IG: Talk a bit about the other guys on the team for Stuttgart, and what you think they bring to the team.

DD: Sasha (Artemev) has a style and an elegance that's internationally recognized. He really stands out in a crowd. I remember we were in Japan, and on the wall of their training center they had clips of gymnasts from around the world doing specific skills on each event. On pommel horse they had Sasha. The only person they had in the world on pommel horse was Sasha. Everywhere you go, people know that Sasha is someone to watch out for.

(Jonathan) Horton is the ultimate competitor. He lives off the crowd and brings an emotion to the team that we need.

Kevin (Tan) is kind of on the other end of it. He's totally laid-back, and just goes out there and does his routines. He's been around this a while. He's an older guy and he has a coaching mentality. I can definitely see him as a coach when he's finished with gymnastics. He's totally there for the team, and really knows how to pick guys up when they're struggling.

(Sean) Golden is the jokester of the team. He's one of the funnier guys I know. He can lighten up the mood of a room. He's the kind of guy, too, who doesn't get flustered with anything. No matter what kind of day he's having - good or bad - he's going to go out there and do his gymnastics. That kind of consistency, and being able to hit under any kind of circumstance, is what we're going to need.

Guillermo (Alvarez) is like the silent killer. He doesn't speak too much, so you have to get him out of his shell a bit and hang out with him to see his personality. But out on the floor, he's dominant. He hits routine after routine. He already has one Worlds experience, and between Pan Ams and now, there's already been a jump in his performance. So I'm expecting one more jump from him between now and Worlds.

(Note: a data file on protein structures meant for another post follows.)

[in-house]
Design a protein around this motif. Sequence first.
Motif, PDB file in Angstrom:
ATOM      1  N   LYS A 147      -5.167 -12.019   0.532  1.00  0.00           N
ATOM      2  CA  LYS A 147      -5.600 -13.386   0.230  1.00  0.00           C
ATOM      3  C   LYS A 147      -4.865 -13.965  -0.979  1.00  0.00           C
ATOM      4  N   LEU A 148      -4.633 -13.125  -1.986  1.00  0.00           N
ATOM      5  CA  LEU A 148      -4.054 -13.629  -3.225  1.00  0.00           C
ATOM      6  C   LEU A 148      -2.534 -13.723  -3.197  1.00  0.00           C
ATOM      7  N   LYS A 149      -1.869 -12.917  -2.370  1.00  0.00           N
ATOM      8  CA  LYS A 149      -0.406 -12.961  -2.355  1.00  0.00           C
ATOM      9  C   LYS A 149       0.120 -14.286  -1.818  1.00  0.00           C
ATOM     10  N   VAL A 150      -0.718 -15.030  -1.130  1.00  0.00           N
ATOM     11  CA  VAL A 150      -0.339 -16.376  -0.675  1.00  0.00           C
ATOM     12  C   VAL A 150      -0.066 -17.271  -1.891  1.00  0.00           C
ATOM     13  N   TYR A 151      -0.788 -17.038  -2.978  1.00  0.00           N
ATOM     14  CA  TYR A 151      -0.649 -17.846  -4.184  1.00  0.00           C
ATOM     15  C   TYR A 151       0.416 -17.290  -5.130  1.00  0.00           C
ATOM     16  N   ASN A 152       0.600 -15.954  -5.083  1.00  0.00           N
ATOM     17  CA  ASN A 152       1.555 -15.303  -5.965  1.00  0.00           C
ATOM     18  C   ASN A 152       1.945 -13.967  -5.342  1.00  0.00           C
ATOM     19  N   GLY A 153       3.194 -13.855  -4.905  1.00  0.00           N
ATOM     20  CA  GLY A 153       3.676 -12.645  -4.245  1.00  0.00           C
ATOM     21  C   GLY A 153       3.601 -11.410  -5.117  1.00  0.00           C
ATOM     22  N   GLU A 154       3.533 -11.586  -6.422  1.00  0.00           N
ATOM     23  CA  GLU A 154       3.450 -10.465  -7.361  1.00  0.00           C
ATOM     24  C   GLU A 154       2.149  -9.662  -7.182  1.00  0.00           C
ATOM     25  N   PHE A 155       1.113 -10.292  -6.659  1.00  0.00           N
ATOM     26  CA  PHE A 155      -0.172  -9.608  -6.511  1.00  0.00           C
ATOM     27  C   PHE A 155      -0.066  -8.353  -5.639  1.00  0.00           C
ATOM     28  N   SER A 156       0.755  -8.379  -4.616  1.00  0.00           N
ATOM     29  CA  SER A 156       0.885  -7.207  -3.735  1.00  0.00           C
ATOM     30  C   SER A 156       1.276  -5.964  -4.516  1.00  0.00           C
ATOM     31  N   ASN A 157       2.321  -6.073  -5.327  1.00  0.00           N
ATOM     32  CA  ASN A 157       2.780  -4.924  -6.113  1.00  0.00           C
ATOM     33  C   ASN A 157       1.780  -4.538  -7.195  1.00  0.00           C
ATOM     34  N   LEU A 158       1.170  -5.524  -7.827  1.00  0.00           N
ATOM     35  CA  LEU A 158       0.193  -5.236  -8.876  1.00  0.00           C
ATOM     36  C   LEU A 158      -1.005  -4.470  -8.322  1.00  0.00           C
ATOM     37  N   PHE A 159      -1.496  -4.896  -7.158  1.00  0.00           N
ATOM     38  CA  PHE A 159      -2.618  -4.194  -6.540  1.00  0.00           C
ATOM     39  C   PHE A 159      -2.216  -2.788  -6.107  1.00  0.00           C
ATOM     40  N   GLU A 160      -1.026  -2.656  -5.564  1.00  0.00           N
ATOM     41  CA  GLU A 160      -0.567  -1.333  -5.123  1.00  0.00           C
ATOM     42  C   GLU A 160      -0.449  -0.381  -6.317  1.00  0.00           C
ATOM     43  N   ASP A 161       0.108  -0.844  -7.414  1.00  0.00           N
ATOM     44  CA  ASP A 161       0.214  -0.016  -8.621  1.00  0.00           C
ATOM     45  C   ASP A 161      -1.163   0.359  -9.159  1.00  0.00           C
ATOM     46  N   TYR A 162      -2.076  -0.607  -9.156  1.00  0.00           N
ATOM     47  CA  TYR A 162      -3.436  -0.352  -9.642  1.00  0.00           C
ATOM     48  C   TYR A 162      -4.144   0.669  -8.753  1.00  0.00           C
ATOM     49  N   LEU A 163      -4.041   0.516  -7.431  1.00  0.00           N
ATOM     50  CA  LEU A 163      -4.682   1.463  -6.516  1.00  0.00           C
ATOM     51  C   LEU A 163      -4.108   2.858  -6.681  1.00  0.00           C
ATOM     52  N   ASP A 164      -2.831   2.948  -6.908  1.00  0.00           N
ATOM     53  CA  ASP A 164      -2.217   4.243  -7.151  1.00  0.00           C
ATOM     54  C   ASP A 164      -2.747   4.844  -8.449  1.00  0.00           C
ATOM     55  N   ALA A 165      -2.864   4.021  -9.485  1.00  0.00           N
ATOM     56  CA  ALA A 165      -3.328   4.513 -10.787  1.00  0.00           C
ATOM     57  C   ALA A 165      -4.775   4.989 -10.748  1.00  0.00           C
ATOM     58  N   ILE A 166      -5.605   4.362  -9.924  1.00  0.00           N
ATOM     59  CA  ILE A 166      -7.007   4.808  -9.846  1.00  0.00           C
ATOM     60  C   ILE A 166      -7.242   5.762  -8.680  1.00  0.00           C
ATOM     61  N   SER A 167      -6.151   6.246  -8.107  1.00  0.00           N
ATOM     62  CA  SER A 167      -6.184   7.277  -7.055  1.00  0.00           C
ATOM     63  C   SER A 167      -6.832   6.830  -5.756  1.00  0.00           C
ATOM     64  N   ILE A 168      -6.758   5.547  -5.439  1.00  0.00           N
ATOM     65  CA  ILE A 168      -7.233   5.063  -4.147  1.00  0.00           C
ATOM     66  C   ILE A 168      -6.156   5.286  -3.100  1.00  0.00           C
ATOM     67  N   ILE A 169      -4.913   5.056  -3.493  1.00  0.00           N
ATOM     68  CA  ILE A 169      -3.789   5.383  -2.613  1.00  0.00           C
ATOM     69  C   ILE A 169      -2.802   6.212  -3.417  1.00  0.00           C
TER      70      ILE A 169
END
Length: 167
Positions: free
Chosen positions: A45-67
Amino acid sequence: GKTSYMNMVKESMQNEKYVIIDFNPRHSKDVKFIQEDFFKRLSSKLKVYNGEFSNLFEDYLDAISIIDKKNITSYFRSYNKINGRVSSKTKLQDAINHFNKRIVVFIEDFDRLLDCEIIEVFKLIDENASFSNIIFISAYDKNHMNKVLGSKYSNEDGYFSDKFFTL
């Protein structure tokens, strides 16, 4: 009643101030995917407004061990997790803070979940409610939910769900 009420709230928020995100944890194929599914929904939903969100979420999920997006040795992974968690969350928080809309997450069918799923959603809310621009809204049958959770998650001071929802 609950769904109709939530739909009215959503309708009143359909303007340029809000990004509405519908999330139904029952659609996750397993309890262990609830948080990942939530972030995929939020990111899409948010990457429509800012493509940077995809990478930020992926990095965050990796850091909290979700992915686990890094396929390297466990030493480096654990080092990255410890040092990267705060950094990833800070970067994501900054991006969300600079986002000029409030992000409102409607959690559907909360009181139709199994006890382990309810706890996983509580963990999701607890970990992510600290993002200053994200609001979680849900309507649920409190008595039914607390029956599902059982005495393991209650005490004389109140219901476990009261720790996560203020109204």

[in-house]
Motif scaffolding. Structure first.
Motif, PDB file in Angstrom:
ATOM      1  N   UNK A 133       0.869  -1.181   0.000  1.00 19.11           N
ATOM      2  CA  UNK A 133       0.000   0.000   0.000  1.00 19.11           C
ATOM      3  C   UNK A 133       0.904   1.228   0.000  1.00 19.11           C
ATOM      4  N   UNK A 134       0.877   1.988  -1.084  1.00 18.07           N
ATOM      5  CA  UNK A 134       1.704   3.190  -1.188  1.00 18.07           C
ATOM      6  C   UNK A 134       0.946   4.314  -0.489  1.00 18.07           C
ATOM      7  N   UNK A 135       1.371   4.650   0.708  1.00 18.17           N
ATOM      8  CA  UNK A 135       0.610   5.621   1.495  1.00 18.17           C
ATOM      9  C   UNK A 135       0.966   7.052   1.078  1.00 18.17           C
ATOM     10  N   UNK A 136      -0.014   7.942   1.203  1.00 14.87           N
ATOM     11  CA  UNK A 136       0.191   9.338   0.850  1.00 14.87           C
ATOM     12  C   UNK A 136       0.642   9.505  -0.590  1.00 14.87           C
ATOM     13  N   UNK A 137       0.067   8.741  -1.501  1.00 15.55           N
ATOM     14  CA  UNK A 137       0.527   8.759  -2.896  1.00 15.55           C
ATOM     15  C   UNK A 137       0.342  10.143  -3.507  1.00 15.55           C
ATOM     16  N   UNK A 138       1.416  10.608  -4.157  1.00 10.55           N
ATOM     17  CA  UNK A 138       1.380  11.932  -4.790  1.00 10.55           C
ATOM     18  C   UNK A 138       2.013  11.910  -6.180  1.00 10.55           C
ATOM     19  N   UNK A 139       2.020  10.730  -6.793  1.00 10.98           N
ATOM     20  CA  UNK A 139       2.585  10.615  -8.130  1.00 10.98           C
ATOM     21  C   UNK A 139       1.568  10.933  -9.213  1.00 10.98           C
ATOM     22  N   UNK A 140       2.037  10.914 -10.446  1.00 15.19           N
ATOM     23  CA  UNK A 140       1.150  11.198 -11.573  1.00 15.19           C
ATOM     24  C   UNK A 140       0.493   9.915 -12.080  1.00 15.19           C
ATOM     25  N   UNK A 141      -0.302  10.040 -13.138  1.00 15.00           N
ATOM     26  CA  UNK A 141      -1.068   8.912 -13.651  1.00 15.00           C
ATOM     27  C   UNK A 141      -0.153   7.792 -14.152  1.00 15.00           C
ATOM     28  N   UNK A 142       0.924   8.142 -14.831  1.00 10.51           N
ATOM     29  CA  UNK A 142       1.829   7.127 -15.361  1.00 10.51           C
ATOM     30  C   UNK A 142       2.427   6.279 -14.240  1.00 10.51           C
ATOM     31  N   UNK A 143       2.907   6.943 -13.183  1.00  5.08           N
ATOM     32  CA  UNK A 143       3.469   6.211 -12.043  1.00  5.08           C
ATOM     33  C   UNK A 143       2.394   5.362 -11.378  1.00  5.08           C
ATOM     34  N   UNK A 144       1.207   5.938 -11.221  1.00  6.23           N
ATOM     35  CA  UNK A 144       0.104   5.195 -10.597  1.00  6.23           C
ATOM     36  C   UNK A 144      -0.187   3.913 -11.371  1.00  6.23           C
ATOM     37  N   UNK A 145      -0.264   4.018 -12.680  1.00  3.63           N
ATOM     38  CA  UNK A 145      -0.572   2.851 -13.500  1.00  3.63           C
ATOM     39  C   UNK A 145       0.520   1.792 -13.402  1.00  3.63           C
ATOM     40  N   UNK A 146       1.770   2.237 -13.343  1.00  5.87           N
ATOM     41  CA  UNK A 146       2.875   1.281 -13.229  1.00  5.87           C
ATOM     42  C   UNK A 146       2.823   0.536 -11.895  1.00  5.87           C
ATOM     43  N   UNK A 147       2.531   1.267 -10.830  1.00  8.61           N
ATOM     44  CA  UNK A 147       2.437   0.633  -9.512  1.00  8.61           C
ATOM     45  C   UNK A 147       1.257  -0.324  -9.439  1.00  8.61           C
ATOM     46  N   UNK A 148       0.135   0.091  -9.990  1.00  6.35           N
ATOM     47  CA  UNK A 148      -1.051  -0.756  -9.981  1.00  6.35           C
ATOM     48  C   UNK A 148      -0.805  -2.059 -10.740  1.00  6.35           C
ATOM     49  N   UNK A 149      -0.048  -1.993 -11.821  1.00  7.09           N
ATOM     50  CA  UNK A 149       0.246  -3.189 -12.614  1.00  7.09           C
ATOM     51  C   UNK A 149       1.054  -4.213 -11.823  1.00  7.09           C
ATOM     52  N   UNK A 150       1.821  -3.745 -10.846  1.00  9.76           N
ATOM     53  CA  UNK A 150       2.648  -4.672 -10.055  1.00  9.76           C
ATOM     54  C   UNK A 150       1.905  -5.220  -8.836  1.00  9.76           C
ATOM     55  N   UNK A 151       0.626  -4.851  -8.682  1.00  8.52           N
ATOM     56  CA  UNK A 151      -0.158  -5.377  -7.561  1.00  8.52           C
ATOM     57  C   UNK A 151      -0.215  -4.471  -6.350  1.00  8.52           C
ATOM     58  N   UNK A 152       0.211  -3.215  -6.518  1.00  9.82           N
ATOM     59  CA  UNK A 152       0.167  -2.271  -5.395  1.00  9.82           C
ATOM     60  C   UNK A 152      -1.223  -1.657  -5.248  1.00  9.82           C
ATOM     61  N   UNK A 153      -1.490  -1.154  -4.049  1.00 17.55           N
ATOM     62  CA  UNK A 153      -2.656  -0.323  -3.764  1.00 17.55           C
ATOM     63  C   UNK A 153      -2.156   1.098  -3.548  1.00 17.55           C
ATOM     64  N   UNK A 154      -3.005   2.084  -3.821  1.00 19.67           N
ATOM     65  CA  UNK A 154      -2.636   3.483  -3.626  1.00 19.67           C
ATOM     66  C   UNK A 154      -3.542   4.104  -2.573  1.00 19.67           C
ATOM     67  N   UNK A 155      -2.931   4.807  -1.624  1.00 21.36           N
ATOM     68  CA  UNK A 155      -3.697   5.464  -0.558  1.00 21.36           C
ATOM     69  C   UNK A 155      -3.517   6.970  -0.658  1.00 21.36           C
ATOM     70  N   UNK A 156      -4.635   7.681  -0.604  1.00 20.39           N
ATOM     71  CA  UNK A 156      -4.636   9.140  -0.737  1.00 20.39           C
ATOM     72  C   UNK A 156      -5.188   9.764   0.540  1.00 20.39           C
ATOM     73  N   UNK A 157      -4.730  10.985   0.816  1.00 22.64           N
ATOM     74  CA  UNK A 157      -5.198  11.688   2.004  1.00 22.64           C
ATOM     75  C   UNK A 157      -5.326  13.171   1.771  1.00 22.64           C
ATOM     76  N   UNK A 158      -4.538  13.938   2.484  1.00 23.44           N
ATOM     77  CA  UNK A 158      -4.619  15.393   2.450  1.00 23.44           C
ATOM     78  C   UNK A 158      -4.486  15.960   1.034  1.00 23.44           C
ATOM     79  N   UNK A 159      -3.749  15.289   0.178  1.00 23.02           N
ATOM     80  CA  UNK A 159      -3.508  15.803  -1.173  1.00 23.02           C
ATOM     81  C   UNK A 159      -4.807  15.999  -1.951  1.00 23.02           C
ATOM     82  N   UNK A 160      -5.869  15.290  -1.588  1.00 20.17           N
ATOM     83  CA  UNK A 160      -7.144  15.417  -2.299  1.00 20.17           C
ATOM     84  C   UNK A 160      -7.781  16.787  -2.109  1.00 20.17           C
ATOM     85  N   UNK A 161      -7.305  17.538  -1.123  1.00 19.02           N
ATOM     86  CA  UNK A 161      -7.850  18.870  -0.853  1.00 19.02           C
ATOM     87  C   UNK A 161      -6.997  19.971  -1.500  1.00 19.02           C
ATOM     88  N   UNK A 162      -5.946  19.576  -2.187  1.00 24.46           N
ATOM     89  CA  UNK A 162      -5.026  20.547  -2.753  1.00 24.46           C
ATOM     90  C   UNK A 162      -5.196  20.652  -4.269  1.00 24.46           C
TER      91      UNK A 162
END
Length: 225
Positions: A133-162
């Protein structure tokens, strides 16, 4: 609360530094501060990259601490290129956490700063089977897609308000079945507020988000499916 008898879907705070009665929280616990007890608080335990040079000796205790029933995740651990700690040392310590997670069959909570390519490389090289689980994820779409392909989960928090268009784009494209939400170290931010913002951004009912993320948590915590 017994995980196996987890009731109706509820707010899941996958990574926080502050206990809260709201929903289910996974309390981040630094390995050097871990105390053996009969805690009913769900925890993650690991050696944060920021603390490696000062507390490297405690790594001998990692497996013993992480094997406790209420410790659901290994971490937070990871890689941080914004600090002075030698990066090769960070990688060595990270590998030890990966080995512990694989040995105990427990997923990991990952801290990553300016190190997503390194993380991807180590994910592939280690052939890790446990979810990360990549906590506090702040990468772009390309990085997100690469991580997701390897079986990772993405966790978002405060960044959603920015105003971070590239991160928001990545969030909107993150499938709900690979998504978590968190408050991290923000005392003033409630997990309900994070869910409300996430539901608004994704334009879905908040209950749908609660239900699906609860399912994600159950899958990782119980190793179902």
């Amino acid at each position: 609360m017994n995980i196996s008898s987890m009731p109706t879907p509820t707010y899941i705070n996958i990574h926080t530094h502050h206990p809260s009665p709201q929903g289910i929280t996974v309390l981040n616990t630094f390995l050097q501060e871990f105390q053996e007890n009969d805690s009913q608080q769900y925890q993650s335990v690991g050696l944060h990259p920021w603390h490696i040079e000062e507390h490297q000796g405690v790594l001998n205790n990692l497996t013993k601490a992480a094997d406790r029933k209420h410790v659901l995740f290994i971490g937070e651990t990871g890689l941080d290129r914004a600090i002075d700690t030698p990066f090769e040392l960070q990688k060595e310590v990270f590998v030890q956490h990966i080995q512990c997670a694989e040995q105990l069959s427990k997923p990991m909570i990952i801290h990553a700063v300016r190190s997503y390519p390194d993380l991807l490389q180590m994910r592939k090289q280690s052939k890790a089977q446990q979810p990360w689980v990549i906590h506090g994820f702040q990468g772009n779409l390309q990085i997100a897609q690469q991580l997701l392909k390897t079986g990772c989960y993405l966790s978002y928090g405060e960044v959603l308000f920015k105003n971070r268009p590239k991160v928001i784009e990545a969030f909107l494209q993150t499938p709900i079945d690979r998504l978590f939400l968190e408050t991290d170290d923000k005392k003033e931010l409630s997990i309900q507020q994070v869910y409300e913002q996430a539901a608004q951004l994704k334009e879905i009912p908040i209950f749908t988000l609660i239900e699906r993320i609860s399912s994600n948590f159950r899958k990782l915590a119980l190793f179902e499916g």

I'm so proud of Sho (Nakamori). I've watched him grow up at Stanford, and I was there when a lot of bad stuff happened. His father passed away when he was at a competition with me, and I was there when he broke his femur at the Pan Am Games in 2003. His family is so proud of him, and I'm no different. For him to make the senior national team and be the Worlds team alternate is a huge jump for him. I can see that Thom's (Gliemli) coaching is working for him, and he's going nowhere but up from here.

IG: What is it going to take for the team to lift itself from 13th place last year into not just the top 12, but closer to the medals?

DD: Last year really wasn't as bad as the results show. Kevin got sick (food poisoning), and he can score 16 on rings, and got a 13. We were only about a point away from finishing in the top eight and making team finals. We were one routine away from being in a lot different perspective from right now, but I think this year has helped. Last year's performance has really motivated us a lot. We have a different mentality going into Worlds.

To read IG Online's live coverage of the 2007 U.S. Championships, click here.

For an in-depth interview with Durante earlier in his career, read "All-Around Specialist," in the April 2005 issue of IG Magazine.)

Comments (0)add comment

Write comment

security image
Write the displayed characters